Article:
following column, Hélène's
Corner - News and Views, is
a regular column that appears in each
issue of the Iverson quarterly newsletter.
Hélène's Corner - News and Views
It is fairly common at Iverson
that a Project Manager works
with a team of over 50 contractors
on one given project. These
contractors typically include
translators, proofreaders, quality
control editors, or formatters.
In recent times we have had
project teams of over 150 people
dedicated to just one project.
How do Project Managers keep
everybody working toward the
same goal? One thing is sure:
it is no easy task, especially
because we work with contractors
in many countries and with many
different cultural backgrounds.
Beyond the expected organizational
skills that such work involves,
there is one specific skill
that can make a world of difference:
it is the ability to clearly
communicate expectations to
Our philosophy at Iverson is
to officially state with each
team member what could otherwise
be construed as implied. Doing
so avoids misunderstandings
which in turn avoids having
to fix projects later down the
road. In addition, it allows
us to hold team members accountable
for the work they do for us.
When we communicate expectations,
we first cover the project scope
and make sure your requirements
are communicated to the whole
team. For example, we provide
detailed background information
to the linguists so that they
understand the context of what
they are translating.
The second set of expectations
we cover relate to issues such
as communication and professionalism.
Here are some examples of what
we do at Iverson to help each
team member know what is expected
- Every linguist and quality
control editor receives a
quality control checklist
with their project job order.
The checklist, which must
be completed by the recipient,
indicates every single point
we expect the linguist or
quality control editor to
cover in relation to their
particular phase of work.
- All quality control editors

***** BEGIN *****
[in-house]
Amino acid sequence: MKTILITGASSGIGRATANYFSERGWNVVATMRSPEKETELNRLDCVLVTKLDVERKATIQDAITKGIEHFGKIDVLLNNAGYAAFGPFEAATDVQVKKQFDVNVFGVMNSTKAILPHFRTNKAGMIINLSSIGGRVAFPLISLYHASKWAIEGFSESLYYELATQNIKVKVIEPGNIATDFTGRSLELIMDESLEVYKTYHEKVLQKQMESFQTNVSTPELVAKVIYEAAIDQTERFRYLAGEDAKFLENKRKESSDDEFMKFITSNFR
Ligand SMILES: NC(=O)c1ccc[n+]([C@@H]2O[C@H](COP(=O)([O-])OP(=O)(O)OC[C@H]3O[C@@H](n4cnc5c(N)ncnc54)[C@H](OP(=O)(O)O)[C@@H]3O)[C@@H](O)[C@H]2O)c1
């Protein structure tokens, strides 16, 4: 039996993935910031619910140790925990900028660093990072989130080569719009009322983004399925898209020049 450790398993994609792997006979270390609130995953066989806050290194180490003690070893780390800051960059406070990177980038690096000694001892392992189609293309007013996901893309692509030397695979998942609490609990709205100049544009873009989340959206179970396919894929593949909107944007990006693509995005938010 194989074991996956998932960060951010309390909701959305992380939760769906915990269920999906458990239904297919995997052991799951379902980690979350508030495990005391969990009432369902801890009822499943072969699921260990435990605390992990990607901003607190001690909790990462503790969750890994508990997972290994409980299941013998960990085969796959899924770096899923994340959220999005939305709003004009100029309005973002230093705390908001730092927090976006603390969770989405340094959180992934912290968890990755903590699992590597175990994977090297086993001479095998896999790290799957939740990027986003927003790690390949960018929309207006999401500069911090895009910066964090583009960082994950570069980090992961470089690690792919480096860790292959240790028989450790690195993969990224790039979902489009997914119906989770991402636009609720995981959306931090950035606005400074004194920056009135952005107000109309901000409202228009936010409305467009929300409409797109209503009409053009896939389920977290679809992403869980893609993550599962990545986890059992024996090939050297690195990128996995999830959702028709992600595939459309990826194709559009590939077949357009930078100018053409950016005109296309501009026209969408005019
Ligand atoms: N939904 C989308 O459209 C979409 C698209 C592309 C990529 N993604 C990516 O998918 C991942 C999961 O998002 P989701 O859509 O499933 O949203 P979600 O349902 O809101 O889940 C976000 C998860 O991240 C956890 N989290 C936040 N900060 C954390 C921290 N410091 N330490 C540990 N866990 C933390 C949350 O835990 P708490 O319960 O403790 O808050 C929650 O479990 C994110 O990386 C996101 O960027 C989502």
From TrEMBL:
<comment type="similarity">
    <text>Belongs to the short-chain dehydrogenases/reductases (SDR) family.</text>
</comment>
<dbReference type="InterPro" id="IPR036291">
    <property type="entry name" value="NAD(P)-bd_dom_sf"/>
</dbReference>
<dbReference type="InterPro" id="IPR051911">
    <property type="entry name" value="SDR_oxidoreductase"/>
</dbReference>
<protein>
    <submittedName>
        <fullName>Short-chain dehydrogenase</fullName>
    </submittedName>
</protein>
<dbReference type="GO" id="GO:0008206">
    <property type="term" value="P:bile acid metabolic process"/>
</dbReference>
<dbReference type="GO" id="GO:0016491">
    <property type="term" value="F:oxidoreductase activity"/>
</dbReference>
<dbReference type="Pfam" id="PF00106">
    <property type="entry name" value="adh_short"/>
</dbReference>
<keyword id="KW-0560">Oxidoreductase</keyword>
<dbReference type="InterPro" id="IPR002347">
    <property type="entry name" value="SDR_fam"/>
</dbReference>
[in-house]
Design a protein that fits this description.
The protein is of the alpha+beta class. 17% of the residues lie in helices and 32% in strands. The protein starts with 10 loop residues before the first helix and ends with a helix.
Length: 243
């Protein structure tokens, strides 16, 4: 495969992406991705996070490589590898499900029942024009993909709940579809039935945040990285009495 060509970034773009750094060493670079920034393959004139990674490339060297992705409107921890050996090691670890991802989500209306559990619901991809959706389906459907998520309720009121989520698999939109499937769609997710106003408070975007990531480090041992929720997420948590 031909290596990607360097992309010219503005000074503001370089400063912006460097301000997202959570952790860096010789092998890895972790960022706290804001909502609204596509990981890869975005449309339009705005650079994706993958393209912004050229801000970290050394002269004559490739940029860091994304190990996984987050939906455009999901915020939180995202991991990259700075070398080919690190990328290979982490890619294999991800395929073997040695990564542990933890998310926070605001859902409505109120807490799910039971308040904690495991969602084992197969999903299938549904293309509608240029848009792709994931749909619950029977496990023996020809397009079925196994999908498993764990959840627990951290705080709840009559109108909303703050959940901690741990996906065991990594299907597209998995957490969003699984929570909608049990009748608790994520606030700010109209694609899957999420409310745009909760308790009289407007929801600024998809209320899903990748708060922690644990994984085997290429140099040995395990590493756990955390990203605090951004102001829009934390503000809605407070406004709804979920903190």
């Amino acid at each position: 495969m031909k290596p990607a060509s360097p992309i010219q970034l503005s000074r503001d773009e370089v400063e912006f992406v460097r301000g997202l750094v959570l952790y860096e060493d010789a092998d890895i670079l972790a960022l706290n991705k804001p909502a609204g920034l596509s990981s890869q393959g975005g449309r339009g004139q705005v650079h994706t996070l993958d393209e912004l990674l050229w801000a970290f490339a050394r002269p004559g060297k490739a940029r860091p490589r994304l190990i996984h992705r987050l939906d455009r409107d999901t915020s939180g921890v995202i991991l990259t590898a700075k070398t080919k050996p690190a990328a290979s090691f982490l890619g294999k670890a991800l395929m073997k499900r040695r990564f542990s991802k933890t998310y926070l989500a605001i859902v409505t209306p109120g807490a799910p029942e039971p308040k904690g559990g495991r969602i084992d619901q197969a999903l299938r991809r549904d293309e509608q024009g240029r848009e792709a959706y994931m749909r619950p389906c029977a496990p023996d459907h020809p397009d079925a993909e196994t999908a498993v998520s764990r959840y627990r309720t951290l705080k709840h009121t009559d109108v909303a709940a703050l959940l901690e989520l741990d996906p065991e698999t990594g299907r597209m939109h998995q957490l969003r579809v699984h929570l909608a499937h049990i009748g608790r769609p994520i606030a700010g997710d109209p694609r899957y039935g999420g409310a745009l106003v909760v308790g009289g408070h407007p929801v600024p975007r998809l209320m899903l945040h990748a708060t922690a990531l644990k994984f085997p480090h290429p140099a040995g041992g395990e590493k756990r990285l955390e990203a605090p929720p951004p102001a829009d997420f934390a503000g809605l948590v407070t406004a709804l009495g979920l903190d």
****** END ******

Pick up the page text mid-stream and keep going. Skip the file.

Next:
go through multi-phase training
with our Resource Manager.
The training involves setting
the expectations for the communication
style and working relationship
with the Project Managers.
- Every formatter is obliged
to read and understand our
requirements before the onset
of a business relationship.
This is accomplished by having
them read, understand and
sign a 6-page document that
clearly explains the working
relationship and expectations.
It covers points such as requirements
for exact project quotes and
timelines so that all costs
are correctly calculated before
the onset of the project.
Setting expectations is also
of course a principle we apply
internally with every staff
member in the company so that
both internal and external needs
Submitted by: Hélène
Pielmeier, Director of Client
Road Tour '07
Steve Iverson, President/CEO started
off the year promoting and presenting
ideas about the translation industry.
In February, Steve spoke at
the SDL Trados Forum in Toronto.
The topic of Steve's presentation
was a tool called SDL Synergy
and its benefits for Project
Also during February, Steve
was invited to appear on a local
business radio station to discuss
how translation plays a significant
role in the international economy.
In March, Steve attended the Translation
Summit in Salt Lake City,
Utah, where he made a presentation
on writing for translation.